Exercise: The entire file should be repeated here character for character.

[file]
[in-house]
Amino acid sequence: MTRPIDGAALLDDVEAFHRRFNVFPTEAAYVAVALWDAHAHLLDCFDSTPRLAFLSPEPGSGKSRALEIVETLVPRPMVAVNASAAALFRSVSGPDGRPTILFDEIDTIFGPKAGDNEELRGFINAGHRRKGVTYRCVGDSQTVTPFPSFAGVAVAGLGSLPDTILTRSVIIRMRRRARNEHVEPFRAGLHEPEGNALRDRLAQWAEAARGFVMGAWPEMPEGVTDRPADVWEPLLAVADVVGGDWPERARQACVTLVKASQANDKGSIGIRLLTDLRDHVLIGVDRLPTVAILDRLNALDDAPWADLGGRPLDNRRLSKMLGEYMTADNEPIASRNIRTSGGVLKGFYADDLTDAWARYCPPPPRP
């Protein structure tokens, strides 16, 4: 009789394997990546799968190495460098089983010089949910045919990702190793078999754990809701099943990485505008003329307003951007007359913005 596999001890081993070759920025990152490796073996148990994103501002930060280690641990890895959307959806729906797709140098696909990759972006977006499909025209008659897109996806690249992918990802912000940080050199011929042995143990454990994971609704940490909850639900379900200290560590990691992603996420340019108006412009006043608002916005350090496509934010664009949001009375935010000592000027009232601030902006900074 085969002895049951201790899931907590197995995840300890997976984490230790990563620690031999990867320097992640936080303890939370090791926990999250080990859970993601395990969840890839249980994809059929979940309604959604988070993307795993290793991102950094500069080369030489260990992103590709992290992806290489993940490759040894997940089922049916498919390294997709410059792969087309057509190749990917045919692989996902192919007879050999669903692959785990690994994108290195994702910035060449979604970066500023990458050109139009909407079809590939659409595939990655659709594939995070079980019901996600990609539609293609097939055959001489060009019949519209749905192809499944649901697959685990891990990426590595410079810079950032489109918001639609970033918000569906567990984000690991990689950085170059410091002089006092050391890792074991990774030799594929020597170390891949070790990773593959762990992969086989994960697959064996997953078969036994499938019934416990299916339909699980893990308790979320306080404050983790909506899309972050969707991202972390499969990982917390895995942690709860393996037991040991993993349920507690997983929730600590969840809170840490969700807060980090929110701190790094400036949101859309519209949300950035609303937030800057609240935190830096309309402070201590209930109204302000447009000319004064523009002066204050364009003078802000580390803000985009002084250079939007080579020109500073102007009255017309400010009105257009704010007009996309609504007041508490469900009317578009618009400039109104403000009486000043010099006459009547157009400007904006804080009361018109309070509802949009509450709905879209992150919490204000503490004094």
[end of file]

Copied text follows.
[in-house]
Amino acid sequence: MTRPIDGAALLDDVEAFHRRFNVFPTEAAYVAVALWDAHAHLLDCFDSTPRLAFLSPEPGSGKSRALEIVETLVPRPMVAVNASAAALFRSVSGPDGRPTILFDEIDTIFGPKAGDNEELRGFINAGHRRKGVTYRCVGDSQTVTPFPSFAGVAVAGLGSLPDTILTRSVIIRMRRRARNEHVEPFRAGLHEPEGNALRDRLAQWAEAARGFVMGAWPEMPEGVTDRPADVWEPLLAVADVVGGDWPERARQACVTLVKASQANDKGSIGIRLLTDLRDHVLIGVDRLPTVAILDRLNALDDAPWADLGGRPLDNRRLSKMLGEYMTADNEPIASRNIRTSGGVLKGFYADDLTDAWARYCPPPPRP
């Protein structure tokens, strides 16, 4: 009789394997990546799968190495460098089983010089949910045919990702190793078999754990809701099943990485505008003329307003951007007359913005 596999001890081993070759920025990152490796073996148990994103501002930060280690641990890895959307959806729906797709140098696909990759972006977006499909025209008659897109996806690249992918990802912000940080050199011929042995143990454990994971609704940490909850639900379900200290560590990691992603996420340019108006412009006043608002916005350090496509934010664009949001009375935010000592000027009232601030902006900074 085969002895049951201790899931907590197995995840300890997976984490230790990563620690031999990867320097992640936080303890939370090791926990999250080990859970993601395990969840890839249980994809059929979940309604959604988070993307795993290793991102950094500069080369030489260990992103590709992290992806290489993940490759040894997940089922049916498919390294997709410059792969087309057509190749990917045919692989996902192919007879050999669903692959785990690994994108290195994702910035060449979604970066500023990458050109139009909407079809590939659409595939990655659709594939995070079980019901996600990609539609293609097939055959001489060009019949519209749905192809499944649901697959685990891990990426590595410079810079950032489109918001639609970033918000569906567990984000690991990689950085170059410091002089006092050391890792074991990774030799594929020597170390891949070790990773593959762990992969086989994960697959064996997953078969036994499938019934416990299916339909699980893990308790979320306080404050983790909506899309972050969707991202972390499969990982917390895995942690709860393996037991040991993993349920507690997983929730600590969840809170840490969700807060980090929110701190790094400036949101859309519209949300950035609303937030800057609240935190830096309309402070201590209930109204302000447009000319004064523009002066204050364009003078802000580390803000985009002084250079939007080579020109500073102007009255017309400010009105257009704010007009996309609504007041508490469900009317578009618009400039109104403000009486000043010099006459009547157009400007904006804080009361018109309070509802949009509450709905879209992150919490204000503490004094």